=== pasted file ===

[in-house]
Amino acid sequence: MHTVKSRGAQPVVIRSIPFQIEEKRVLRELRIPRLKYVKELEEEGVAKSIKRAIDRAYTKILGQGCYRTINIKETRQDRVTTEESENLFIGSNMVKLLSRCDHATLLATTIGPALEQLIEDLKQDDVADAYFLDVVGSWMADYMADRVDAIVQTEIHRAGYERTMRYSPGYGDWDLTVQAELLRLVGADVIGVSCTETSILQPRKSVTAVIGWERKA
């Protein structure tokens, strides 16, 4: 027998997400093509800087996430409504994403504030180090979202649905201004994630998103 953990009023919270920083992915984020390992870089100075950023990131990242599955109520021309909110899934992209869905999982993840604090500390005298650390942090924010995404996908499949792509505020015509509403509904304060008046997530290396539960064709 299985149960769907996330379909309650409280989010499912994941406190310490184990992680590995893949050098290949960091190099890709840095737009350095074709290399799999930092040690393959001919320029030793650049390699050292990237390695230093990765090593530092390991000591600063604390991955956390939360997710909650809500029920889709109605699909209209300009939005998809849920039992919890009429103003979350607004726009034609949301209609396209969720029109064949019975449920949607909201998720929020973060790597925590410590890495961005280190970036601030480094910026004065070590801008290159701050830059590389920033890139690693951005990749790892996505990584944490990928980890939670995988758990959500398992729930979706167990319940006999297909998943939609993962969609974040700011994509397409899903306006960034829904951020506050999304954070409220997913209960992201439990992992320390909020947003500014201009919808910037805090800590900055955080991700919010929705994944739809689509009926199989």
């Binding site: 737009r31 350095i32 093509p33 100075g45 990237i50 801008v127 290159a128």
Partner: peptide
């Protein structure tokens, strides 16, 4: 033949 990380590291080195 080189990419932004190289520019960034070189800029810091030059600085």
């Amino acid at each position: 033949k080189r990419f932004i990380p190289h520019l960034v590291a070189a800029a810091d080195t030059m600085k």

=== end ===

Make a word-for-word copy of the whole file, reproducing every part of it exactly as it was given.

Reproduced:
[in-house]
Amino acid sequence: MHTVKSRGAQPVVIRSIPFQIEEKRVLRELRIPRLKYVKELEEEGVAKSIKRAIDRAYTKILGQGCYRTINIKETRQDRVTTEESENLFIGSNMVKLLSRCDHATLLATTIGPALEQLIEDLKQDDVADAYFLDVVGSWMADYMADRVDAIVQTEIHRAGYERTMRYSPGYGDWDLTVQAELLRLVGADVIGVSCTETSILQPRKSVTAVIGWERKA
């Protein structure tokens, strides 16, 4: 027998997400093509800087996430409504994403504030180090979202649905201004994630998103 953990009023919270920083992915984020390992870089100075950023990131990242599955109520021309909110899934992209869905999982993840604090500390005298650390942090924010995404996908499949792509505020015509509403509904304060008046997530290396539960064709 299985149960769907996330379909309650409280989010499912994941406190310490184990992680590995893949050098290949960091190099890709840095737009350095074709290399799999930092040690393959001919320029030793650049390699050292990237390695230093990765090593530092390991000591600063604390991955956390939360997710909650809500029920889709109605699909209209300009939005998809849920039992919890009429103003979350607004726009034609949301209609396209969720029109064949019975449920949607909201998720929020973060790597925590410590890495961005280190970036601030480094910026004065070590801008290159701050830059590389920033890139690693951005990749790892996505990584944490990928980890939670995988758990959500398992729930979706167990319940006999297909998943939609993962969609974040700011994509397409899903306006960034829904951020506050999304954070409220997913209960992201439990992992320390909020947003500014201009919808910037805090800590900055955080991700919010929705994944739809689509009926199989």
């Binding site: 737009r31 350095i32 093509p33 100075g45 990237i50 801008v127 290159a128």
Partner: peptide
């Protein structure tokens, strides 16, 4: 033949 990380590291080195 080189990419932004190289520019960034070189800029810091030059600085």
């Amino acid at each position: 033949k080189r990419f932004i990380p190289h520019l960034v590291a070189a800029a810091d080195t030059m600085k």